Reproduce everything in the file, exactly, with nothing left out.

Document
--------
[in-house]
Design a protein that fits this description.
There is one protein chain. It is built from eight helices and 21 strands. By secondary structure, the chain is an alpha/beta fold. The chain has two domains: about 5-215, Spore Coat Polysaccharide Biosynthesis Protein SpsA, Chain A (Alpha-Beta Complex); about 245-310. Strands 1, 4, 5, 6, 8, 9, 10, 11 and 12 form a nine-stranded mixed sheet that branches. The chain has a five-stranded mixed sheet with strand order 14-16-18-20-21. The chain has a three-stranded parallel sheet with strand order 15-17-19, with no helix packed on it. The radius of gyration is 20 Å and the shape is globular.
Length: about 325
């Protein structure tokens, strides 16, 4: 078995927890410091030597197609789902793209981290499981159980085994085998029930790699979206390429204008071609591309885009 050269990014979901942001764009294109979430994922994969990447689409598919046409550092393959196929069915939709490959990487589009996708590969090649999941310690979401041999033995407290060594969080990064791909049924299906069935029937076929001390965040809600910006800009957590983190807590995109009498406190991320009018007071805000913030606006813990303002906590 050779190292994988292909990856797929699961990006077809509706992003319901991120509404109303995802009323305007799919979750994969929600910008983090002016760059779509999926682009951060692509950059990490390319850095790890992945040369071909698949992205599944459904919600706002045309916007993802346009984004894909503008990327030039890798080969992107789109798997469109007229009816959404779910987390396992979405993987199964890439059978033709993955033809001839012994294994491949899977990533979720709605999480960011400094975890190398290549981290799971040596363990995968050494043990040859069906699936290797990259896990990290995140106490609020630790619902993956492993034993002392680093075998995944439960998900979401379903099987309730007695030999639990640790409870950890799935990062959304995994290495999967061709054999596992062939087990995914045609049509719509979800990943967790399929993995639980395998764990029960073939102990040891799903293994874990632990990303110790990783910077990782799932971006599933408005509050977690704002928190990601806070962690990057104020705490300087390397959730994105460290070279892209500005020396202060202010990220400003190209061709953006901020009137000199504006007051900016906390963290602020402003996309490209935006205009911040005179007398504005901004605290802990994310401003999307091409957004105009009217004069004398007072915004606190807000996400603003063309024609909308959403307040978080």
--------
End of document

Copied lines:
[in-house]
Design a protein that fits this description.
There is one protein chain. It is built from eight helices and 21 strands. By secondary structure, the chain is an alpha/beta fold. The chain has two domains: about 5-215, Spore Coat Polysaccharide Biosynthesis Protein SpsA, Chain A (Alpha-Beta Complex); about 245-310. Strands 1, 4, 5, 6, 8, 9, 10, 11 and 12 form a nine-stranded mixed sheet that branches. The chain has a five-stranded mixed sheet with strand order 14-16-18-20-21. The chain has a three-stranded parallel sheet with strand order 15-17-19, with no helix packed on it. The radius of gyration is 20 Å and the shape is globular.
Length: about 325
């Protein structure tokens, strides 16, 4: 078995927890410091030597197609789902793209981290499981159980085994085998029930790699979206390429204008071609591309885009 050269990014979901942001764009294109979430994922994969990447689409598919046409550092393959196929069915939709490959990487589009996708590969090649999941310690979401041999033995407290060594969080990064791909049924299906069935029937076929001390965040809600910006800009957590983190807590995109009498406190991320009018007071805000913030606006813990303002906590 050779190292994988292909990856797929699961990006077809509706992003319901991120509404109303995802009323305007799919979750994969929600910008983090002016760059779509999926682009951060692509950059990490390319850095790890992945040369071909698949992205599944459904919600706002045309916007993802346009984004894909503008990327030039890798080969992107789109798997469109007229009816959404779910987390396992979405993987199964890439059978033709993955033809001839012994294994491949899977990533979720709605999480960011400094975890190398290549981290799971040596363990995968050494043990040859069906699936290797990259896990990290995140106490609020630790619902993956492993034993002392680093075998995944439960998900979401379903099987309730007695030999639990640790409870950890799935990062959304995994290495999967061709054999596992062939087990995914045609049509719509979800990943967790399929993995639980395998764990029960073939102990040891799903293994874990632990990303110790990783910077990782799932971006599933408005509050977690704002928190990601806070962690990057104020705490300087390397959730994105460290070279892209500005020396202060202010990220400003190209061709953006901020009137000199504006007051900016906390963290602020402003996309490209935006205009911040005179007398504005901004605290802990994310401003999307091409957004105009009217004069004398007072915004606190807000996400603003063309024609909308959403307040978080």